Further, on the 5 February 2005, a civil forum called "Deficit of democracy: for what reason?" organized by the "Civil Society against Corruption" headed by T. Ismailova and by the "Foundation for Developing Mass Media and Protection of Journalists’ Rights" headed by Alisher Toksonbaev , was supposed to take place at a library in Osh. At the forum, the political situation in the country and the unfolding of free and fair elections were to be discussed. But the local partners were constantly threatened. However, in accordance with orders of Osh administration and the national security services, the library refused to open the doors. The participants of the forum were forced to leave the library and went to a café. After a short time, the owner of the café exhorted the participants to leave the place, under pressure from the national security services.

Recent reports have also indicated that participants of rallies in support of the "People’s Movement of Kyrgyzstan" have been subject to similar actions. According to numerous reports, the police punctured the tyres of and stole the petrol from the supporters’ vehicles while their owners were participating in a meeting.

Coercion of voters and manipulation of electoral rolls

Recent testimonies suggest furthermore that the new pro-governmental party "Alga Kyrgyzstan" buys the support of voters by providing the poor citizens with food and by renovating the damaged neighbourhoods. Moreover, to get more votes during the elections, the party would use its funds to obtain the vote of individuals (between 50 and 100 soms per person). Many credible reports have suggested that a number of students at Kyrgyz universities have been compelled to support Bermet Akaeva, President Akaev’s daughter. After he had received statements about the registration of non-residents students, the Ombudman’s office of the Kyrgyz Republic started to investigate in the dormitories in Bishkek. But journalists of the "Koort-TV" headed by Adil Toigonbaev, Bermet Akaeva’s husband, prevented them to conduct this investigation confidentially. The Ombudsman’ s office was constrained to stop their inspection of dormitories.

It appears that the electoral rolls may have been falsified. In this respect, the Central Election Commission headed by Sulaiman Imambaev has refused to publish the electoral register in violation of Article 22 of the Election Code providing that the public is entitled to have access to the electoral roll. This lack of transparency opens the possibility of the administration falsifying the roll. For example, in the First District where the President Akaev’s daughter, Bermet Akaeva is standing for election, a number of students who are not resident in this District have been nevertheless registered. Similarly, in the Kemincki District where President Akaev’s son, Aidar Akaev is standing for election, he gave free construction materials to the population.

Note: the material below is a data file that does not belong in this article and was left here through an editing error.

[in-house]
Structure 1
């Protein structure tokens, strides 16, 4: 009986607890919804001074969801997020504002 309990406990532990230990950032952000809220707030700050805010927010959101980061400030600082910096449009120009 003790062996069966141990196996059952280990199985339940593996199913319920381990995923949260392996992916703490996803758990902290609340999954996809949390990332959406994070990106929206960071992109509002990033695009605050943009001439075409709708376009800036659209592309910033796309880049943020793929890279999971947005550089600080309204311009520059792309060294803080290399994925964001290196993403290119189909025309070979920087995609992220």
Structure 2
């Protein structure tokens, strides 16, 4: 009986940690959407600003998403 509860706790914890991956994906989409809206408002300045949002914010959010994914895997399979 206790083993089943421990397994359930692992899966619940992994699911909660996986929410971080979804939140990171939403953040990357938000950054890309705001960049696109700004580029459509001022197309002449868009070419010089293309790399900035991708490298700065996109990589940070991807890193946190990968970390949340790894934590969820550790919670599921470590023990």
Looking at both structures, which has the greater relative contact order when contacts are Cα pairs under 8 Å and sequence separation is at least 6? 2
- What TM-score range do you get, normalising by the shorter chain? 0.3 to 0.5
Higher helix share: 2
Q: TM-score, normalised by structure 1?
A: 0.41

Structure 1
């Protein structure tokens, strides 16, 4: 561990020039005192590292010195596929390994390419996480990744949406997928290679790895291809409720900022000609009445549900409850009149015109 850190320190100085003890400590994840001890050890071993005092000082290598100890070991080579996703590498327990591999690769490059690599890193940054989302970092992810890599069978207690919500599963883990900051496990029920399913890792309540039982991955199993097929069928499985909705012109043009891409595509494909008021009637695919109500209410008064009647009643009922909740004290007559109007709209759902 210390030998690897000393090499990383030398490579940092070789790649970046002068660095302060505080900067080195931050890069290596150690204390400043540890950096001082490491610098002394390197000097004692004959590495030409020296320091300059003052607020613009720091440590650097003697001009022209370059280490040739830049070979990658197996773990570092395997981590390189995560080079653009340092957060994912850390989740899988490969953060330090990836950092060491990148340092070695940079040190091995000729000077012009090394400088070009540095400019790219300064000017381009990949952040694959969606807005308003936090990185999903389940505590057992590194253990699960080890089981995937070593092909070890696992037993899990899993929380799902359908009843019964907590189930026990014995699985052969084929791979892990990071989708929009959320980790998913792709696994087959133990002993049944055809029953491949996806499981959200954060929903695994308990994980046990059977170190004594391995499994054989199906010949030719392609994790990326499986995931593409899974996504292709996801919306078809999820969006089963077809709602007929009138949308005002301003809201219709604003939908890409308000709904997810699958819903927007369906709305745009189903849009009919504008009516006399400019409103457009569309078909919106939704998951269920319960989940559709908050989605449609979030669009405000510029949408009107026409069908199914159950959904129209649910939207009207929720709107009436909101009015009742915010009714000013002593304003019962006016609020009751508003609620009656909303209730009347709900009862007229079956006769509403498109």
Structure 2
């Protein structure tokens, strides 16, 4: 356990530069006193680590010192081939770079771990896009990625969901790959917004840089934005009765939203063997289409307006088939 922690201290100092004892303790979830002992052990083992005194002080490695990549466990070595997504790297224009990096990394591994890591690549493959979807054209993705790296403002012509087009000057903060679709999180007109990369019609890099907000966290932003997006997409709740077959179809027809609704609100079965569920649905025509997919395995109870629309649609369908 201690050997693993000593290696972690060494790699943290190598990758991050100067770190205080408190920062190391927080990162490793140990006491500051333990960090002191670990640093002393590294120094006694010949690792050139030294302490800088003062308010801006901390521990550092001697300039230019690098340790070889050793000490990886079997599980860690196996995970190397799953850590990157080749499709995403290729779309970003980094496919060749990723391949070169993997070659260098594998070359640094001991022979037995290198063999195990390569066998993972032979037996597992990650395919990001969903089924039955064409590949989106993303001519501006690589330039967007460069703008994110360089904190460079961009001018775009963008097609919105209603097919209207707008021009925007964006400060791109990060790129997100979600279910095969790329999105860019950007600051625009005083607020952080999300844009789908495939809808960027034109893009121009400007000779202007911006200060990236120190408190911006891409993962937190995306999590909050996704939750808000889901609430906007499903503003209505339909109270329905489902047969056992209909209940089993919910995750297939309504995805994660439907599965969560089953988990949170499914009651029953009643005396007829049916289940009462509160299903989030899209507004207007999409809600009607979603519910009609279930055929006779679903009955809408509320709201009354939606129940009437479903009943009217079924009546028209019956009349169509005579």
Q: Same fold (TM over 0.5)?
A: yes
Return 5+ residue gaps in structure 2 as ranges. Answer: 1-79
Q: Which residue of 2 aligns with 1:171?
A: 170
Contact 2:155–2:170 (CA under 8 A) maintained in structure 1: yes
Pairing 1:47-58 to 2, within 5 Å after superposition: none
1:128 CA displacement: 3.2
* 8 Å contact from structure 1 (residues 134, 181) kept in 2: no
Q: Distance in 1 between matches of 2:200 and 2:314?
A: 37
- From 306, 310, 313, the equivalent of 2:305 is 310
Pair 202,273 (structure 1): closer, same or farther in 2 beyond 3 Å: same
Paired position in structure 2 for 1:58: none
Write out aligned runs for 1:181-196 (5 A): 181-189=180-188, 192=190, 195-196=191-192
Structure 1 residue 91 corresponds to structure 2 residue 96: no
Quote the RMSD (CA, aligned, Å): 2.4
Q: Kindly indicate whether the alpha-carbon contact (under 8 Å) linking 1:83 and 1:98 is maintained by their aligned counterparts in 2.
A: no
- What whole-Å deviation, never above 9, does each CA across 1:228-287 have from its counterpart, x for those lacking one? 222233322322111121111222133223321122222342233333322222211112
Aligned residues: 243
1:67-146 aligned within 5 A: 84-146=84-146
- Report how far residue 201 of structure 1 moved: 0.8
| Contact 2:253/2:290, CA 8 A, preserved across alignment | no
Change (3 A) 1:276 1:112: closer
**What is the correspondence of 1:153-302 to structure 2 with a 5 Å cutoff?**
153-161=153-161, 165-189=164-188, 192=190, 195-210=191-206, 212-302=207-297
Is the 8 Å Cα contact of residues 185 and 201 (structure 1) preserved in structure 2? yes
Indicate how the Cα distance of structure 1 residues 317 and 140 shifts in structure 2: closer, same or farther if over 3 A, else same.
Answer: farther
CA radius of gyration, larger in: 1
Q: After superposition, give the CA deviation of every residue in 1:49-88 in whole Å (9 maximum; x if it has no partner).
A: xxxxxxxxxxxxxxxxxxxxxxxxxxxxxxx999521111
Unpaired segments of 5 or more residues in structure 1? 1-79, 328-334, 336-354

Mentioned cases reported to the FIDH demonstrate that the Kyrgyz Republic is failing to fulfil its human rights obligations in accordance with the International Covenant on Civil and Political Rights (ICCPR) acceded by Kyrgyzstan in 1994 and the OSCE commitments, and in particular:

 articles 19, 21 and 25 of the ICCPR which enact respectively the rights of expression, peaceful assembly and equal opportunity to take part in the conduct of public affairs.

 the Helsinki Final Act and the Charter of Paris, ratified in the framework of the OSCE. The FIDH recalls that the International Election Observation Mission of the OSCE noted in its statement of Preliminary Findings and Conclusions from February 28, 2005 that « while more competitive than previous elections, the parliamentary elections in the Kyrgyz Republic fall short of OSCE commitments and other international standards for democratic elections in a number of important areas »

In this context, the FIDH urges the Kyrgyz Republic authorities to stop persecuting political opposition and to create the necessary conditions to fair parliamentary elections. The FIDH also calls the Kyrgyz authorities not to prevent independent national and international observers to monitor the second ballot of the electoral process.

The FIDH calls the highest Kyrgyz authorities to take all necessary measures to guarantee, in all circumstances, the freedom of expression and of media.

The FIDH particularly urges the Kyrgyz Republic to ensure the freedom of peaceful assembly and to immediately put an end to any kind of pressure and harassment against the human rights defenders.

Finally, the FIDH underlines that the next months are going to constitute a key-period for Kyrgyzstan and that the Kyrgyz authorities should seize the second ballot of the parliamentary election as an opportunity to ensure measures to increase the democratic potential prospect of the the presidential election scheduled in October 2006.